The MASFAA Exchange Program allows State Presidents (or state representatives) to experience how another MASFAA state conducts its conferences.  This is not just as a way to “spy” and “borrow” ideas on how to enhance our own state association conference programs, but also as a way to network with other fellow colleagues, absorb more financial aid knowledge, expand leadership relationships and have fun while at it!

I have to congratulate the MAFAA Program and Site committees for putting together a great conference!  The location was so beautiful, relaxed and made the conference flow so well.  The presenters did a great job, including those that did their first NASFAA Credential Course as the pre-conference agenda.  David Bartnicki, the federal trainer, made his presentations very unique and loved how personable, knowledgeable and funny he was.  He even sang and performed for us twice at the end of his general sessions (not to also mention he incorporated financial aid related jokes into his presentations).  A true southern personality!



This visit is another perk that I got to enjoy because once upon a time I had the courage to say “Yes!” to volunteering for my state association and then for MASFAA.  I strongly encourage you to consider volunteering first at whatever you feel comfortable with, and then taking a leap of faith and say “Yes!” when being asked to be put on an elected ballot.  What you receive in return far outweighs the additional time you spend fulfilling volunteering duties, especially the long lasting relationships and friendships near and far.



Thank you IASFAA for electing me as your 2017-18 president!  Thank you MASFAA for sponsoring me to participate in this Exchange Program!  It was a very memorable experience <3

Gisella Baker 
Hawkeye Community College, Waterloo, Iowa
2017-18 IASFAA President
2016-17 MASFAA Awards Chair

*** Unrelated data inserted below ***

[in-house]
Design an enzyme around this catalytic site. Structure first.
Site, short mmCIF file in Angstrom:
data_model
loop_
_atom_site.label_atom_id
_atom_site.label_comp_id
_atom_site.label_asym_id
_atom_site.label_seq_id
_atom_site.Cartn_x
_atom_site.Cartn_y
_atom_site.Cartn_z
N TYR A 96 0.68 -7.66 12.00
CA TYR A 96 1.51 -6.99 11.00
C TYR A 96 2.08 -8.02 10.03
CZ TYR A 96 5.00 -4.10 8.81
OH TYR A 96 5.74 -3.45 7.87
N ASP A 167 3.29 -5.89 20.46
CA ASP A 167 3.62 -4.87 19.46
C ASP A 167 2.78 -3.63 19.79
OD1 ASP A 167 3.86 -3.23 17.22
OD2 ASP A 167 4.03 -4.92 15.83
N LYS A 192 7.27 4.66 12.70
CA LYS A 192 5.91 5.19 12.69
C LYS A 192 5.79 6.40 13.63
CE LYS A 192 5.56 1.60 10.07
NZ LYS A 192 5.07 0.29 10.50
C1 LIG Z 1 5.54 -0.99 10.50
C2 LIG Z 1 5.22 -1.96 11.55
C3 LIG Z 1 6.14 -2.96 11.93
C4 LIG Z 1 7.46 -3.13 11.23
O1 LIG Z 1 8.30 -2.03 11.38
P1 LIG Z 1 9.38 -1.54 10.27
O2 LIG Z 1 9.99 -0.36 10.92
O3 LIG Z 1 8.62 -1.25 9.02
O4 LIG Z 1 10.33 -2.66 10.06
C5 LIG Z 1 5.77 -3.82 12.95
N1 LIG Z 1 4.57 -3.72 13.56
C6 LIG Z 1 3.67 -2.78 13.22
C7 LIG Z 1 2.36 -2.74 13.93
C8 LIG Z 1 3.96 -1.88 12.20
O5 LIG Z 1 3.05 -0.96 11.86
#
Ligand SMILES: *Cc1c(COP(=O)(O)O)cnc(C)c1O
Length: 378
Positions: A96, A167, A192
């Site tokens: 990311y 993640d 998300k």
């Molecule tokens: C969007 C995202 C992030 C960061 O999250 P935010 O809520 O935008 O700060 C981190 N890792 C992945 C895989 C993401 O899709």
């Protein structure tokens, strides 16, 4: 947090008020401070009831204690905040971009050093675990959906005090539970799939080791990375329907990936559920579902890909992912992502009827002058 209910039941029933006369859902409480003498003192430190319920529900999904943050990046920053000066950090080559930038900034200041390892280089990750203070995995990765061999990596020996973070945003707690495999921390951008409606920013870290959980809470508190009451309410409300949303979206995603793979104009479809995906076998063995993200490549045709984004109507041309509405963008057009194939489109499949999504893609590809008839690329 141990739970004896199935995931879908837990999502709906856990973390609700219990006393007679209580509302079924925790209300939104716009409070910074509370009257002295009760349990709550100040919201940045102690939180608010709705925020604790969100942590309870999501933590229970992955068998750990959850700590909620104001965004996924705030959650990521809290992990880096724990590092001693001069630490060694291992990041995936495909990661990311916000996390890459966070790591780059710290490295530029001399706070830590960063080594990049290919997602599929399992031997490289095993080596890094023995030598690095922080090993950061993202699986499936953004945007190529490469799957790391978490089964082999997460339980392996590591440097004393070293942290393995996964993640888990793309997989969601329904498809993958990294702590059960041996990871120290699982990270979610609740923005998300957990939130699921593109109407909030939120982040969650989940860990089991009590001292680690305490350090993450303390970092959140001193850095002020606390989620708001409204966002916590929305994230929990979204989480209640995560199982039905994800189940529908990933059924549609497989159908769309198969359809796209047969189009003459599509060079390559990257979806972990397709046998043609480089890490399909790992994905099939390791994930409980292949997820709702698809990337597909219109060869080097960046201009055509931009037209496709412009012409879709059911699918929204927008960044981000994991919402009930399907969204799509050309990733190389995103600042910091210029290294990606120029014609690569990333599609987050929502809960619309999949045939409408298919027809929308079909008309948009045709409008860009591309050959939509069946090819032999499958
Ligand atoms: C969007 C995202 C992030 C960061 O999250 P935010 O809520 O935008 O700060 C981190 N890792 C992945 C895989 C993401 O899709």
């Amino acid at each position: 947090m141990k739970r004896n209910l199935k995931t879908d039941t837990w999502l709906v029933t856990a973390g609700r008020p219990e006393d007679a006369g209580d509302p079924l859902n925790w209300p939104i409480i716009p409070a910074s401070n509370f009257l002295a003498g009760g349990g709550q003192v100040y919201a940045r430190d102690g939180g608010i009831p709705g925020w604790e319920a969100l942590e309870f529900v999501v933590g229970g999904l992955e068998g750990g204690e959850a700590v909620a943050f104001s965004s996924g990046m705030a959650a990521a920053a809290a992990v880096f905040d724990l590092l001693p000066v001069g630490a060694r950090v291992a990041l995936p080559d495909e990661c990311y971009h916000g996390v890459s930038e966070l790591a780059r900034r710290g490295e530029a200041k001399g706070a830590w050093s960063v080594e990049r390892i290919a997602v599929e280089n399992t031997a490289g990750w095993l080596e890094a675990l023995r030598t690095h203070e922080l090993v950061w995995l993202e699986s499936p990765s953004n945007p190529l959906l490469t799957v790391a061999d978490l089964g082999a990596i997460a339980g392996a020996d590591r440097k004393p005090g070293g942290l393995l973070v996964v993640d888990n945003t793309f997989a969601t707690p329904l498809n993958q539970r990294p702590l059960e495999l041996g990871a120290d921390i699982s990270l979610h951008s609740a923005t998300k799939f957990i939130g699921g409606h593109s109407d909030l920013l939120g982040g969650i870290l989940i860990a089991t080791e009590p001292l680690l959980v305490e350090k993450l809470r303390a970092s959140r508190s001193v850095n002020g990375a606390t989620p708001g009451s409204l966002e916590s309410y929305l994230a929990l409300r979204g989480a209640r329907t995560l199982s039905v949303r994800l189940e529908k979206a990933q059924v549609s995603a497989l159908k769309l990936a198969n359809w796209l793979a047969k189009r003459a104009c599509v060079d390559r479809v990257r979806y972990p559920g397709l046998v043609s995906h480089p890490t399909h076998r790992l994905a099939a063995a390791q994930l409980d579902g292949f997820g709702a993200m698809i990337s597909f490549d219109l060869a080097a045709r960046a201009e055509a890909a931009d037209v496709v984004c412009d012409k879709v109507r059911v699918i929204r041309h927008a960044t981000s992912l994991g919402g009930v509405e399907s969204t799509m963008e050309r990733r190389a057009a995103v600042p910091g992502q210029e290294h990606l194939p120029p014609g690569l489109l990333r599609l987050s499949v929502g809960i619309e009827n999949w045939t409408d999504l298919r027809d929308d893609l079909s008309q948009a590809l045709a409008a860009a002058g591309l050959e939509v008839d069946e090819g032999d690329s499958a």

Monday, May 15, 2017

President-Elect Tour Blog

by Nick Prewett

One of the pleasures of serving as MASFAA President-elect is attending state conferences outside of my home association of MASFAP.  Meeting new individuals, making new connections, and learning from engaging speakers is important and what our profession is about.  Sharing ideas, learning how to navigate grey rules, and hopefully make connections for the future.  As President-elect, I have the opportunity to meet state leaders and to compare state organization and structure.   Thus far my travels have taken me to Indiana, Illinois, and lovely Brainerd, Mn.  For those curious, the flight from Minneapolis to Brainerd was 22 mins wheels up to wheels down and if you do not turn off your cell phone, you seem to get data the entire flight at 11,000 feet in the sky (or so someone told me).  

Attending a new conference brings me back to my early days as a financial aid professional.  At the time, I had no idea what being a financial aid professional meant, but I will always remember attending my first KASFAA conference in Topeka.  I admit this was prior to the social media days where you could keep up with colleagues around the country with a simple scan of your newsfeed.  I was amazed at how people seemed to know each other, specific family details, and exchange numerous long lost friend hugs.  I soon found that after a few conferences I transformed into one of those individuals.  My personal connections helped me with the transition from KASFAA/RMASFAA to MASFAP/MASFAA.  I truly believe connections around the country help me focus on my career as a financial aid professional. 

After years of working in financial aid, attending a new conference of any kind still gives me a bit of anxiety: Who will I know?  Where will I sit with at lunch?  Will anyone take me along with them to dinner? Will I end up alone in my room early at night?  Are people going to attend my session?
If you have ever had any of these feelings then you have been to a conference.  If you have overcome these feelings then you have conferenced.  If you met someone and followed up after the conference or at another conference, then you have done it well.   If you built a boat out of cardboard and beat Sarah Edward’s team in a pool boat race, while accidently hitting Lori Vedder in the shin with a paddle, then you have excelled. 

So on to these questions:

Who will I know?  Actually lots of people it turns out.  At ISFAA and ILASFAA I knew a fair number of the people there.  For Indiana I drove in, getting up at 5 am to be to Indy to present a credentialing session at 1pm.  Alex and Heidi welcomed me immediately upon arrival.  It was great getting to know the new leaders of ISFAA.  At ILASFAA due to a time commitment I flew, arriving at the hotel at 8:15 am.  Bill met me at the front desk and gave me a rundown of the day.  As I investigated the hotel layout, I continually bumped into people I knew.  Tim, an SI participant came up to me and said he had had great success using red solo cups to practice packaging.  (I guess people do pay attention) At MAFAA I arrived after dark to a sandwhich and sweet tea waiting in my room for me and quickly connected with Gale and Dick the next morning.